Officials in California have decided to delay the start of crab season due to a spike in toxins that may make the creatures dangerous for human consumption. 
“Due to the detection of dangerous levels of domoic acid,” Dungeness and rock crabs caught in waters between the Oregon borders and the southern Santa Barbara County line pose a “significant risk to the public if consumed,” the California Department of Public Health (DPH) said in a release. 
Traditionally, Saturday would be the first day that recreational fishermen would take to the shores to start pulling in crabs, but they’ll have to wait now that authorities have located a massive bloom of coastal algae that produces a neurotoxin called domoic acid. The commercial crabbing season had been slated to begin Nov. 15.
“It’s going to be devastating” for the crabbers whose livelihood depends on this crucial time of the year, said Mike Dvorak, captain of the High Seas, a vessel that collects some 20,000 pounds of varied seafood in a single haul. Commercial crabbing is a $60 million a year industry. Halting the crab season would have a lesser impact on boat owners, he says. “Those who aren’t boat owners will say it’s a disaster. They won’t know what to tell their families.” 
But health officials say the safety and wellbeing of residents is their first priority.
The naturally occurring toxin is produced by “some species of the marine diatom Pseudo-nitzschia,” according to the state Department of Fish and Wildlife. The Pseudo-nitzschia bloom is especially large this year thanks to warmer water temperatures associated with the El Nino event. The phenomenon has raised the water temperatures of the Pacific by up to 9 degrees along portions of the California coast.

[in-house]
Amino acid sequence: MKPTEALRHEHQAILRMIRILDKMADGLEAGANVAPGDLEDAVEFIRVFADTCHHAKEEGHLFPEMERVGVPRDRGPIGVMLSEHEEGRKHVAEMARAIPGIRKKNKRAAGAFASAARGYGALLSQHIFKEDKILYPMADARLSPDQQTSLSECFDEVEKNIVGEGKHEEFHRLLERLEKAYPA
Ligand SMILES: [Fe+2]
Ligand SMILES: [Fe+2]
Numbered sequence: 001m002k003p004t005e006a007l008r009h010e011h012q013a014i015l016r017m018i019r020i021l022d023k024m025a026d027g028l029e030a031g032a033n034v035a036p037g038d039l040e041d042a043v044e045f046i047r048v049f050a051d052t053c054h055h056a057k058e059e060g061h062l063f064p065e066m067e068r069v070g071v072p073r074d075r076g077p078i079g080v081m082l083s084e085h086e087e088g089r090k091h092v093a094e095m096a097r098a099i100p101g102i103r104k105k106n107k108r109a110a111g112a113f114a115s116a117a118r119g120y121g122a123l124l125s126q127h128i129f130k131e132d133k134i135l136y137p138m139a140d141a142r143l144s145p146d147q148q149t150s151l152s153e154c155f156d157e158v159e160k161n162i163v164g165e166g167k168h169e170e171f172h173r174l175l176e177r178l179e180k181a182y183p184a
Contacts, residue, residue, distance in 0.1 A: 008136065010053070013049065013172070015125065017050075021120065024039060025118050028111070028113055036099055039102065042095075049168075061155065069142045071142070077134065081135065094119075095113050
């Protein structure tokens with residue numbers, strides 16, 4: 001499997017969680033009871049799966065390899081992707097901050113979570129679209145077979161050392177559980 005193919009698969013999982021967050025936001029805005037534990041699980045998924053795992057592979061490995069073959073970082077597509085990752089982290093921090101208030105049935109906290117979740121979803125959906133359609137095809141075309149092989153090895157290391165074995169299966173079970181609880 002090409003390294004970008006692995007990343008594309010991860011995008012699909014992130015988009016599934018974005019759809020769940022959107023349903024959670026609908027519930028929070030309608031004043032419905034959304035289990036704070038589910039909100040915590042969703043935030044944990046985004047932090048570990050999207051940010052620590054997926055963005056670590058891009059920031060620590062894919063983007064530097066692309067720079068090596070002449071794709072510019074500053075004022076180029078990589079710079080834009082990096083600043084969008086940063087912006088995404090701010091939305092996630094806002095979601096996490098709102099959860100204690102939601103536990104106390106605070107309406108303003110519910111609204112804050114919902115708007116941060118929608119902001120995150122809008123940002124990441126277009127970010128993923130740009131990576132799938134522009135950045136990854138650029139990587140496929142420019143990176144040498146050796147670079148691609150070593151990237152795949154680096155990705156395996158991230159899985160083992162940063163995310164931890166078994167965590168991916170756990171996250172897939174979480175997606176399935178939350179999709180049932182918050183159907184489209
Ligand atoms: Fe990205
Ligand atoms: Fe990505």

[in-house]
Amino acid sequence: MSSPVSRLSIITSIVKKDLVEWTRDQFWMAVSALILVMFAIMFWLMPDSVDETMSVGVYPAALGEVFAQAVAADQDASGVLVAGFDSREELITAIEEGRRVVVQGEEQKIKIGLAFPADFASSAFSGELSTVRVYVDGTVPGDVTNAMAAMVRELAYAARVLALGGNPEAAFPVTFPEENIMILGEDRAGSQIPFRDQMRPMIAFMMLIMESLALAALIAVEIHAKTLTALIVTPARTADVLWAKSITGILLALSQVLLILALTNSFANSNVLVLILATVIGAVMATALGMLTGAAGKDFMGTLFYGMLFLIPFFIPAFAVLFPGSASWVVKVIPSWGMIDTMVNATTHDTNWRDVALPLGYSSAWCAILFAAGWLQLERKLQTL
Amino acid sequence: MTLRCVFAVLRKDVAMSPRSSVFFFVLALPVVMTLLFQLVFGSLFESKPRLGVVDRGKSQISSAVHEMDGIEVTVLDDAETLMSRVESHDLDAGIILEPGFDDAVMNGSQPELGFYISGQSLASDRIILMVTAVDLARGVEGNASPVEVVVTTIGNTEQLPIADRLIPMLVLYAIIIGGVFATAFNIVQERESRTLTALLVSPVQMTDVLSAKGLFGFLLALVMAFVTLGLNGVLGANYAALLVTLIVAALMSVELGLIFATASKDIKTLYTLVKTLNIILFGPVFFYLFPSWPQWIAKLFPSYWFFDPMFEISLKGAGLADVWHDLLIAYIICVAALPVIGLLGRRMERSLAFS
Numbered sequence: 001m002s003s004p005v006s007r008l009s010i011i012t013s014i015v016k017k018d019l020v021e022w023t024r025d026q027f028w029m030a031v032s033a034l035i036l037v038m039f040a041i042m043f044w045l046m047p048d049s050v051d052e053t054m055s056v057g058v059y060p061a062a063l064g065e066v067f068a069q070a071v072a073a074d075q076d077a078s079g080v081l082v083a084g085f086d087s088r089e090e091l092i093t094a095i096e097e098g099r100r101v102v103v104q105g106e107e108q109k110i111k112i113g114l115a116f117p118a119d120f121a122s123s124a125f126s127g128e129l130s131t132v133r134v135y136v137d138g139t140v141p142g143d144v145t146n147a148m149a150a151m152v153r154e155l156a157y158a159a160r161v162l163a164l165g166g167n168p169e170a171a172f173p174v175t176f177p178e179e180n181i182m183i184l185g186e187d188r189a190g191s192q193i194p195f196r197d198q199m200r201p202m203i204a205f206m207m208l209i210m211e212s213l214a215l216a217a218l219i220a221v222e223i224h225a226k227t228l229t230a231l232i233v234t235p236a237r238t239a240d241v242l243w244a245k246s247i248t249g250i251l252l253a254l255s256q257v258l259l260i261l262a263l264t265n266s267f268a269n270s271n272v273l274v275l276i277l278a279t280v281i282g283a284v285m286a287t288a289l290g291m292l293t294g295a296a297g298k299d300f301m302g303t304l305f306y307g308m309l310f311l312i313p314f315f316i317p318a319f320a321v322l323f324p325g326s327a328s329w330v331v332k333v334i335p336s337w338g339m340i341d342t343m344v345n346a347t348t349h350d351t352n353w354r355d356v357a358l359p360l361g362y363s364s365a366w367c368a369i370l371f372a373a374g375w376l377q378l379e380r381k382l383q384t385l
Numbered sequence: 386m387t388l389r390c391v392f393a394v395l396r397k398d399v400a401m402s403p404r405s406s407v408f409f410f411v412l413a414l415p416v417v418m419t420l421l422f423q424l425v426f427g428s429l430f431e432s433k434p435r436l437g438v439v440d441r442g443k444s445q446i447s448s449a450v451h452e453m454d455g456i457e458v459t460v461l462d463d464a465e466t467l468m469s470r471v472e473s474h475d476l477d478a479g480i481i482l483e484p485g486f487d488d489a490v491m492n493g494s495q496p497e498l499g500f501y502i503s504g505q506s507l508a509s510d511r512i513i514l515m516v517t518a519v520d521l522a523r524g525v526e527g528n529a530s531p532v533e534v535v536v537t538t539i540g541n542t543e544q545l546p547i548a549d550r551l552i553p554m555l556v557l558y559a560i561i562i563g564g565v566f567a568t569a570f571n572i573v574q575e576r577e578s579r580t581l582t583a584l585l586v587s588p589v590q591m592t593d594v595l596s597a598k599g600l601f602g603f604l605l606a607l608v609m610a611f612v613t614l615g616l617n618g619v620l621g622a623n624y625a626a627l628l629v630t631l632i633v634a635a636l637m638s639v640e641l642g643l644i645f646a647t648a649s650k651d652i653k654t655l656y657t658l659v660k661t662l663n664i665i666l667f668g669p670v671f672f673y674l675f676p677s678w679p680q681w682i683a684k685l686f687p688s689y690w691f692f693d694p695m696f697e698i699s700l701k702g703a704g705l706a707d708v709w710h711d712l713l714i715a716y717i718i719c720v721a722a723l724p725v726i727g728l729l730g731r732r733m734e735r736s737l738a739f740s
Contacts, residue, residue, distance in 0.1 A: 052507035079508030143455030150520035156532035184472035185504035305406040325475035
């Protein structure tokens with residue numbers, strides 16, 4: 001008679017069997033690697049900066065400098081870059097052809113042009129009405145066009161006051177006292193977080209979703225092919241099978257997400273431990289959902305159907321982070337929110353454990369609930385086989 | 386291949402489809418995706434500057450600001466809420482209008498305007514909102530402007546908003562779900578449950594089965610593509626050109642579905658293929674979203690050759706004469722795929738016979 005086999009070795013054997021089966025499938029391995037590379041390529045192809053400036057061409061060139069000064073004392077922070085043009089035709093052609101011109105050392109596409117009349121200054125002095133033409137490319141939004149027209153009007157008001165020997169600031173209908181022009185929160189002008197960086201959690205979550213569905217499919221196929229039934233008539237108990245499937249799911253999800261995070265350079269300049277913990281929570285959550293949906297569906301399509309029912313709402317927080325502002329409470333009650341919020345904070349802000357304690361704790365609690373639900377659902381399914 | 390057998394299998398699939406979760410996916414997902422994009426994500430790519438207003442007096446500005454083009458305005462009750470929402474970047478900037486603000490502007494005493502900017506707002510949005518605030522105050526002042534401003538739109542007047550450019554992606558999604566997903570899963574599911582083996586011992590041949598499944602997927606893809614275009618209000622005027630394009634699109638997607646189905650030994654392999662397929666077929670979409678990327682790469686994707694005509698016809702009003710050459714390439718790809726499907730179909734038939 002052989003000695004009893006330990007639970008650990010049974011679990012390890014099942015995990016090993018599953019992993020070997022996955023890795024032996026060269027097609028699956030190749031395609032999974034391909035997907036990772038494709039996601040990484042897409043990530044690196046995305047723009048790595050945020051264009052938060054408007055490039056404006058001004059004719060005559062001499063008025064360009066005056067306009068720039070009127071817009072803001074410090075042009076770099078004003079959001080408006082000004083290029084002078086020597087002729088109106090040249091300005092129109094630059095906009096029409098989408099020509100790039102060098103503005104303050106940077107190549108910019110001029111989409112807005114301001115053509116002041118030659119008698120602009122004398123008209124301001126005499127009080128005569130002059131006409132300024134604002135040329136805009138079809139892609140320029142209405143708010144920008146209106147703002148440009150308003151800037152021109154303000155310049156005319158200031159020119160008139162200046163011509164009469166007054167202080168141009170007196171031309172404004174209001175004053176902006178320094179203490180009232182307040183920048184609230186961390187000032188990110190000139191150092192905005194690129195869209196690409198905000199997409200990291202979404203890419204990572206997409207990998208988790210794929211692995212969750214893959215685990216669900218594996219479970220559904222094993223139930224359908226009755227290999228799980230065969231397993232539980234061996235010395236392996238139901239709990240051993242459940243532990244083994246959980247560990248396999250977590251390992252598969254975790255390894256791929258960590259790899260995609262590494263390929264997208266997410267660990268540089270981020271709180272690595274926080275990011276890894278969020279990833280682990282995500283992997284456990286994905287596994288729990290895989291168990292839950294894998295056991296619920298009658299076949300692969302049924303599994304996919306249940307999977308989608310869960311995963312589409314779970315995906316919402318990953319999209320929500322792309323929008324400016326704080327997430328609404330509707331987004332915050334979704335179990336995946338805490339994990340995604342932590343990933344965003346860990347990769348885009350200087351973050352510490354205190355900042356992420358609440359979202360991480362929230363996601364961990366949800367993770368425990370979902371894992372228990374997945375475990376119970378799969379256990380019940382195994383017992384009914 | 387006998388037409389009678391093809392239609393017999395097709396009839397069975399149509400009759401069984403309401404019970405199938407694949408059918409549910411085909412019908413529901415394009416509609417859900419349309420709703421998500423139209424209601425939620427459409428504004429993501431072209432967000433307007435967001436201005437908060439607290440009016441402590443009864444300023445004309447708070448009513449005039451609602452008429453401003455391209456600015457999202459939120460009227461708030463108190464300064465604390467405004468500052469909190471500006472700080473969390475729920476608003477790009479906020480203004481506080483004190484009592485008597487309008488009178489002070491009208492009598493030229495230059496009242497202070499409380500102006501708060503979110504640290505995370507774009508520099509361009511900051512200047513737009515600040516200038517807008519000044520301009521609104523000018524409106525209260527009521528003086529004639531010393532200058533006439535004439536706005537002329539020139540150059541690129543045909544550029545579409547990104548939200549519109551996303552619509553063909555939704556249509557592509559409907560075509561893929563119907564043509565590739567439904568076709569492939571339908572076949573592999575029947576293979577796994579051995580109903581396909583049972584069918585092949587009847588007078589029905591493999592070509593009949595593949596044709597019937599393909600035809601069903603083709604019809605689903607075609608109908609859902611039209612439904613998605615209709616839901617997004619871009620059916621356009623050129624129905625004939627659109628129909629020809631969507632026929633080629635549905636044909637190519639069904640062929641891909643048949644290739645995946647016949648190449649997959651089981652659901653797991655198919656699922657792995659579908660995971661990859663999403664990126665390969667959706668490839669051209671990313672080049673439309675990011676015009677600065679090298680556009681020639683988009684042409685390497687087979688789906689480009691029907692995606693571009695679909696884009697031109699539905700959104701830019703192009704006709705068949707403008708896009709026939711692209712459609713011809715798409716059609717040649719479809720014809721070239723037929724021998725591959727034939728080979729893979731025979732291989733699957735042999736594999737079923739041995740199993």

Crabs and other marine animals filter their food through seawater and may accumulate domoic acid. The colorless, odorless toxins don’t appear to harm sea creatures, but people who eat them can be poisoned. Neither cleaning nor cooking these foods will rid them the toxins.
Domoic acid poisoning symptoms typically strike 30 minutes to 24 hours after eating affected seafood, says the California DPH. Individuals poisoned by the toxins may suffer vomiting, diarrhea, stomach cramps, headache, dizziness and confusion and, rarely, difficulty breathing, seizures, coma and death. Some survivors have been known to suffer permanent short-term memory loss. 
Public health officials say Dungeness crabs sold in restaurants and supermarkets should be safe. “There’s a lot of areas around the country, both East and West Coast, that you can get crab from,” said Patrick Kennelly, chief of the foods-safety section at the state DPH. “They may be sourcing from areas outside of the current area of concern. … If they can’t tell you where it came from, then you probably want to avoid it, just out of an abundance of caution.”
The unprecedented size of the algae bloom also prompted the California Fish and Game Commission to shut down recreational rock crab fishing, which typically runs year-round. 
Algae conditions also prompted health warnings earlier this year about toxins in several types of seafood, including certain anchovies, mussels and sardines on California’s Central Coast, as well as about a variety of shellfish found in Oregon and Washington. The crab advisories, however, only apply to California and southern Oregon.
No one knows when the algae bloom will get smaller, or when the crabs will be safe to eat again. It could take a lot longer than people think.
“Historically, we see blooms during and after the El Niño,” Kudela said. “So it’s quite possible that next year will be another big bloom year and possibly just as toxic or more toxic. So, at that point, three years in a row, it starts to become the new normal.” 
“When it’s clear, we’ll get the fisheries open as soon as possible,” said Sonke Mastrup, the executive director of the commission, told the Sacramento Bee.
 NBC News
 Food and Wine
Julie Fidler is a freelance writer, legal blogger, and the author of Adventures in Holy Matrimony: For Better or the Absolute Worst. She lives in Pennsylvania with her husband and two ridiculously spoiled cats. She occasionally pontificates on her blog.